There are many in the sport of boxing as well as politicos in Washington D.C. that will do anything to see Jack Johnson get a pardon. However there is one man that has failed to take action, President Barack Obama. The failure is surprising for many because of the unique opportunity for the first black heavyweight champion to get his name cleared by the first black President of the United States. However, when the legislation for Johnson's pardon passed both houses in the last U.S. Congress, President Obama decided to kick it to the Department of Justice. They responded by saying that they were not going to invest manpower for the pardon of a dead person -- however, if President Obama would like to do so, then he can pardon him.
To this day Johnson is still down for the count. For Congressman King, it's more than frustrating, "It's ironic and really disappointing to me its such a golden opportunity for the President." Congressman Rangel adds, "It's not for him, he won't know one pardon from another. This is a good a positive move. The President should really say, 'Thank you for reminding me.' End of story."
President Obama has pardoned 17 people since taking office, yet there appears to be no clear-cut policy by the President on pardons. The Constitution states that the, "President's authority to grant pardons is essentially unfettered." President Obama has executed pardons for those convicted of offenses including drug dealing, peddling alligator hides, stealing cable television and mutilating American currency. When contacted by PIX 11 on June 30th, the White House refused to comment on all inquiries related to the bi-partisan effort to pardon Johnson. For Matthews, who has seen greats like Muhammad Ali and Mike Tyson, there is no time limit on rectifying the travesty of Johnson's life, "Some people say it was just too long ago. It's never too late to right a wrong."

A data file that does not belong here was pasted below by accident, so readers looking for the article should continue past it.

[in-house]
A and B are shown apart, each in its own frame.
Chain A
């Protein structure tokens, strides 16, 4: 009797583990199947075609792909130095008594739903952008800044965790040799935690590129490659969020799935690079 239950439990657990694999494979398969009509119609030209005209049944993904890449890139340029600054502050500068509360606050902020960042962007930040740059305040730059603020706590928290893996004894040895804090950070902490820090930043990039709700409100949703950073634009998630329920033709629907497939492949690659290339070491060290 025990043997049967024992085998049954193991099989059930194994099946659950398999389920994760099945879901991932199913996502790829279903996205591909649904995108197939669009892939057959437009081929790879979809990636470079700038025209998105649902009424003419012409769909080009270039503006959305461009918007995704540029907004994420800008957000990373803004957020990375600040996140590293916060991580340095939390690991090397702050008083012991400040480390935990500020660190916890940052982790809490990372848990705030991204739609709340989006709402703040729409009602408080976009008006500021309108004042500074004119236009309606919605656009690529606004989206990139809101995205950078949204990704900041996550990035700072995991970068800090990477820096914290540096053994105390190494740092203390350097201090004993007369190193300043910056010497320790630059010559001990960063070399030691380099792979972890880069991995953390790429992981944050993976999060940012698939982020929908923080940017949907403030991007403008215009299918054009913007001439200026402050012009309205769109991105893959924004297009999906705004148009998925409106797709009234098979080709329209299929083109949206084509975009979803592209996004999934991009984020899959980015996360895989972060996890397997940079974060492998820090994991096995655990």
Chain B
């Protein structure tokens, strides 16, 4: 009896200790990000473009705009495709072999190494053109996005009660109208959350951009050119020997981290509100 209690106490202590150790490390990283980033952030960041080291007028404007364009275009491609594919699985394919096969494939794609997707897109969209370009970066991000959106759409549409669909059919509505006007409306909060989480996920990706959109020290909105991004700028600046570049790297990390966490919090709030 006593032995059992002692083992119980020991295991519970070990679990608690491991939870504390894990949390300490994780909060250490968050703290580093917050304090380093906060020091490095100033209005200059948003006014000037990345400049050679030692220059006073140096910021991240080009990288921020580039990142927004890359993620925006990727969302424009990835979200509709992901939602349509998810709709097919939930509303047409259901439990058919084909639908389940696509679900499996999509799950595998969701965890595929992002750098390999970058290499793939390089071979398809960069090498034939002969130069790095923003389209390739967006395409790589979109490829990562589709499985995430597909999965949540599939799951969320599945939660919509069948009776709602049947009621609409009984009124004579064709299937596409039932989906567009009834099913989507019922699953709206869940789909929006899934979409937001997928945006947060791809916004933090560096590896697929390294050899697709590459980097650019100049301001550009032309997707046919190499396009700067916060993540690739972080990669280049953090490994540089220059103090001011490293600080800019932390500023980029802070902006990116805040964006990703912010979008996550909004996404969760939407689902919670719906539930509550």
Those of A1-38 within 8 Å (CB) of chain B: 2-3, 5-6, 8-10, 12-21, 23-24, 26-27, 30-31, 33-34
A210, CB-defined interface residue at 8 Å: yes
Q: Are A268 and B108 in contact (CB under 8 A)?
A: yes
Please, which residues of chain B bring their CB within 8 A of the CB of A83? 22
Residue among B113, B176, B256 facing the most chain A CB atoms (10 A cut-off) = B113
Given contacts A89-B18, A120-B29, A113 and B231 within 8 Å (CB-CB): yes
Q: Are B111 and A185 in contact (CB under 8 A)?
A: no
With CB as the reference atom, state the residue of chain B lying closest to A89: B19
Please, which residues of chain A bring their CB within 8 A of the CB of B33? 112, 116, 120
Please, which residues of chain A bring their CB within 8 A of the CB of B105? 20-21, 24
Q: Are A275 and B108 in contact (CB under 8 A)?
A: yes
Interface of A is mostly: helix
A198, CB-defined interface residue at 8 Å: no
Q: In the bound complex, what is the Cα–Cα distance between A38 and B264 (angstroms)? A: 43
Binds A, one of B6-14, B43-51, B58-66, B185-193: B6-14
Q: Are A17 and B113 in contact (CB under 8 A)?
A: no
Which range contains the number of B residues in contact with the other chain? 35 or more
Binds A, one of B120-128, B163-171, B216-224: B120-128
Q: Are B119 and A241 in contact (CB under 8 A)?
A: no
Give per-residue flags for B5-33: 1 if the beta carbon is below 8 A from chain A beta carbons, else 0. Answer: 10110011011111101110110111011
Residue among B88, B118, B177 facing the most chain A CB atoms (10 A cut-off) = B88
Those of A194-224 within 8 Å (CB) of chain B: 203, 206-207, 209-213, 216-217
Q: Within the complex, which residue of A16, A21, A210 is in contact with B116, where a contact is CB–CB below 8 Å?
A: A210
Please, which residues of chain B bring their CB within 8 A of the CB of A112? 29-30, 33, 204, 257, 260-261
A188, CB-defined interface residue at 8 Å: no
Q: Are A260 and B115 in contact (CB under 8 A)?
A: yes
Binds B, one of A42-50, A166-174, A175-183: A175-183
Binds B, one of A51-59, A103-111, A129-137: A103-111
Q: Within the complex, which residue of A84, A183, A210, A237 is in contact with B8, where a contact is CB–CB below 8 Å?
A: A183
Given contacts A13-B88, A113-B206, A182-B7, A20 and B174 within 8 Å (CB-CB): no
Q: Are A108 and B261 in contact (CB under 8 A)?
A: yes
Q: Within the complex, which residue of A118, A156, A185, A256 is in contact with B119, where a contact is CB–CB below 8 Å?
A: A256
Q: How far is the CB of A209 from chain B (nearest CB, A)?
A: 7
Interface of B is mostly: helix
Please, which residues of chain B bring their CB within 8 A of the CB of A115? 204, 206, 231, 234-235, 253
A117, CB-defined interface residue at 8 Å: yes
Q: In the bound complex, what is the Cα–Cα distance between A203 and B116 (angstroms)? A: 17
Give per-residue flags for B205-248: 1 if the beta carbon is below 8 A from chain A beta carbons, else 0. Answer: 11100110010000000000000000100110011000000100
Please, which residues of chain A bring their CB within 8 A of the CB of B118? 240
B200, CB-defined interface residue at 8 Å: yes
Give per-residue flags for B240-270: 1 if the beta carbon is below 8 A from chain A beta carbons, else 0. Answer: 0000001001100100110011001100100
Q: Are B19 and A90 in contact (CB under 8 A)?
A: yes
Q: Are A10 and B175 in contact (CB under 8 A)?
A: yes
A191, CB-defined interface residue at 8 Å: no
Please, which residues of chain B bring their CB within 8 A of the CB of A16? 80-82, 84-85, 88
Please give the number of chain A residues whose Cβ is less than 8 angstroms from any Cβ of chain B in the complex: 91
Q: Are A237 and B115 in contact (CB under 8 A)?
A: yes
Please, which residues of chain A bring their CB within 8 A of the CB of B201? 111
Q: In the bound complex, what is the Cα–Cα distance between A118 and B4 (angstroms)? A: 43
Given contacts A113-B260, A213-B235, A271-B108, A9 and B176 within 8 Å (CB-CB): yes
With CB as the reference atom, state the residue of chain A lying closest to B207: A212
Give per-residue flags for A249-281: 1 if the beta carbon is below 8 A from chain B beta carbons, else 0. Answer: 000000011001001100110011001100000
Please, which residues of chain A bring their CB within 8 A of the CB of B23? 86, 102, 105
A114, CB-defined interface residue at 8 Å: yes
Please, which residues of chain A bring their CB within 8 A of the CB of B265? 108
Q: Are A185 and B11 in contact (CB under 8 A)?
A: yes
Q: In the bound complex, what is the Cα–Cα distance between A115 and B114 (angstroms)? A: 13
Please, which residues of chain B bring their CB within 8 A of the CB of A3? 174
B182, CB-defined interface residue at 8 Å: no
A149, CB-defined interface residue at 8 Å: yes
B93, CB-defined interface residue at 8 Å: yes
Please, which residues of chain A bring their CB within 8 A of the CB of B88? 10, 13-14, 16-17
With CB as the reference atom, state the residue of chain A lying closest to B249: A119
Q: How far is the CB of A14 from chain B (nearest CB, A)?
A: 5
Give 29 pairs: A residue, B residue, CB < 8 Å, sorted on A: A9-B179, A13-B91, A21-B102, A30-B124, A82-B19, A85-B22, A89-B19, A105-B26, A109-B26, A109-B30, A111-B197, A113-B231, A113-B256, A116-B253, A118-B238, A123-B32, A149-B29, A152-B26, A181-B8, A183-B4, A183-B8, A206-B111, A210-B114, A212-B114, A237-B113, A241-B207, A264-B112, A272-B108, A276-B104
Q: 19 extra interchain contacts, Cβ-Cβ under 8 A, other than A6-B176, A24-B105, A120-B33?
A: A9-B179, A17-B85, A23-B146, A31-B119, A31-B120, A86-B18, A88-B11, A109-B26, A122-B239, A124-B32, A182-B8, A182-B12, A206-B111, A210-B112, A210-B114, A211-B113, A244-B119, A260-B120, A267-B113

The squared circle has been described as the theatre of the unexpected, but for the unexpected --- which in this case would be a full pardon --- it will take a man who built his presidency on a foundation of "hope" and "change" to provide a dead man his greatest hope at changing history.
For Jack Johnson, his final victory would arguably be his greatest.Copyright © 2014, Los Angeles Times